i love the internet – everyone who knows me understands that i'd likely be the first to sign up for a permanent jack into the web.  but where it is really starting to shine for me has nothing to do w/ entertainment, but rather the ease w/ which i can gain access to information – and not just John Doe who wrote something on his blog about something that interests him or some CNN article.  i mean scholarly academic work.

Google Scholar's been around for something over a year now, and it is by far the best addition to online research.  my school, University of Texas, integrates Google Scholar right from the library's main webpage.  if you're on campus, than any hits you pull up through Google Scholar that the university maintains subscriptions are automatically integrated.  so my search on XYZ pulled up a hit in the journal of ABC – UT has access to it, so all i need to do is click the link and read the article.  better yet, you can still access this feature even if you're not on campus (like right now as i'm doing research in NY).  you can log in through a link on the library's homepage to still access this google scholar feature.

but what if we don't have access to a journal in the years desired?  for instance, today i did a search for an article in New Scientist from 1996.  UT's access only goes back as far as 2002.  but i could access the article through UT's membership w/ Lexis-Nexis.  so even if the university itself doesn't have the info, it is very likely that through some sort of partnership w/ other research institutions or organization that i'll be able to find the info.  all from my computer no matter where i am.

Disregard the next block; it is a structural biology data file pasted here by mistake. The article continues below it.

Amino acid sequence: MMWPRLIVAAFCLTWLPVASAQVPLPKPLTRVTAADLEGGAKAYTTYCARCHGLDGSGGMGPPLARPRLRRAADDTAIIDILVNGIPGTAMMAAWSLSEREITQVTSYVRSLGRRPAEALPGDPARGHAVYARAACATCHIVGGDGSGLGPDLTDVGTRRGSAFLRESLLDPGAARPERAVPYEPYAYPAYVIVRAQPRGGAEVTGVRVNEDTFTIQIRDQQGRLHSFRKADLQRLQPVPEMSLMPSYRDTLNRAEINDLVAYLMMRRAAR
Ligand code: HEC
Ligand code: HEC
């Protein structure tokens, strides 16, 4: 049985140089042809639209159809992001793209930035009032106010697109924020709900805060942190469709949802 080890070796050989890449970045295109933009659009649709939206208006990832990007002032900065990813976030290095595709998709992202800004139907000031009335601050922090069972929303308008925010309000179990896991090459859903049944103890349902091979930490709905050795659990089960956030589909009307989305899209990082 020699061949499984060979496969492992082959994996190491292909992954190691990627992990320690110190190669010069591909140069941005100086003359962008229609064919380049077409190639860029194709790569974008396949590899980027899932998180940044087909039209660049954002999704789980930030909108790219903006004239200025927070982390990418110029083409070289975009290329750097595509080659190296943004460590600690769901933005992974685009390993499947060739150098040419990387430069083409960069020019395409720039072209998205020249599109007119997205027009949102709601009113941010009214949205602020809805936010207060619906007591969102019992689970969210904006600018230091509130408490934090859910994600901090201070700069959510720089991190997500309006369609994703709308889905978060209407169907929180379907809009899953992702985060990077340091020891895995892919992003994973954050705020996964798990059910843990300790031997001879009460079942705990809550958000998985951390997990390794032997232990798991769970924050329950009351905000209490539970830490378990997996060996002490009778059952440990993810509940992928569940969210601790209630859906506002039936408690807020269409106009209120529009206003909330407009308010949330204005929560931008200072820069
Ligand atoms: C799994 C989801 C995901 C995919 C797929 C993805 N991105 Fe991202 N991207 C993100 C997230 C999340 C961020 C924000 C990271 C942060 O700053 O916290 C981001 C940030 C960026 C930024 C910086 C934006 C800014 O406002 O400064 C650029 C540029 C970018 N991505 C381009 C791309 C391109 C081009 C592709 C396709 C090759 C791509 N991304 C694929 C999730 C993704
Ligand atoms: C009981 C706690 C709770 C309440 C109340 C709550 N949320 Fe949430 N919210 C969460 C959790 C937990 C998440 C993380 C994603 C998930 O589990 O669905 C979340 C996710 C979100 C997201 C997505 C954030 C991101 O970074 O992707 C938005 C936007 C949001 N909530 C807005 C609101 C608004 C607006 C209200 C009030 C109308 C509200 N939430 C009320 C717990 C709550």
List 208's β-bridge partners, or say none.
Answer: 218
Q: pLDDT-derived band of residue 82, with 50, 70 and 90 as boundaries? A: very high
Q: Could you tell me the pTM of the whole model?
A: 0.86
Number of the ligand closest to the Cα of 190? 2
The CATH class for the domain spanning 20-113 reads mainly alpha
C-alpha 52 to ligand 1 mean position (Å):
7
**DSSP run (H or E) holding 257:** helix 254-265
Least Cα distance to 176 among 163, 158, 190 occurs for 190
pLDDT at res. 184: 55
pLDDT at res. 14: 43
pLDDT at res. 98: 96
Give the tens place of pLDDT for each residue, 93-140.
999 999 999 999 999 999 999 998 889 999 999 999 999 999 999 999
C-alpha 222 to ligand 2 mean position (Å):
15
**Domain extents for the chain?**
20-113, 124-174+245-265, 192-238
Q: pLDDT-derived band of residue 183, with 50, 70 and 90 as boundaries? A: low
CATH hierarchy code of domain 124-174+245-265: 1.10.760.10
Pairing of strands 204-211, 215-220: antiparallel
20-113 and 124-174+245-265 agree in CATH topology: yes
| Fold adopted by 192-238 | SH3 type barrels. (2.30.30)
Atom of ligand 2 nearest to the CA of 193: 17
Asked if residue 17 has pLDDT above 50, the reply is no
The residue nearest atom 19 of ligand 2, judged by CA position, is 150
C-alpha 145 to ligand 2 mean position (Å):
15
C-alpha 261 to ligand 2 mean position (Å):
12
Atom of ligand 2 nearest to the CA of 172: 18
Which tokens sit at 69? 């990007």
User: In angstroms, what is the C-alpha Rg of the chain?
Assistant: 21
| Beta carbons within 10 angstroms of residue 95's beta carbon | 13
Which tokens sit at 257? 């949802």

this is a wonderful development in the world of research, and one that i think will make research and learning more accessible to the masses (if they choose to learn).  one no longer need trek to the library if they live far away or if the weather is bad.  you can learn anywhere you want in any condition you want.  this isn't an argument against congregation – the ability to interact physically w/ others is still extremely important, but it doesn't have to be a determining factor anymore.

when all new books are published both physically and electronically, so that i can take out a book from the library no matter where i am and search the text to find exactly what i want – then we'll have some serious asskicking learning!  [btw, google book search and amazon's 'search in the book' already provide the ability to search text in a book and read excerpts, but only for a few pages with the intent that you buy the book to read more.  it would be great if libraries had this service in its entirety – something google has been trying to do, but unforunately has been stifled by copyright activists.]

Categories: school, tech, web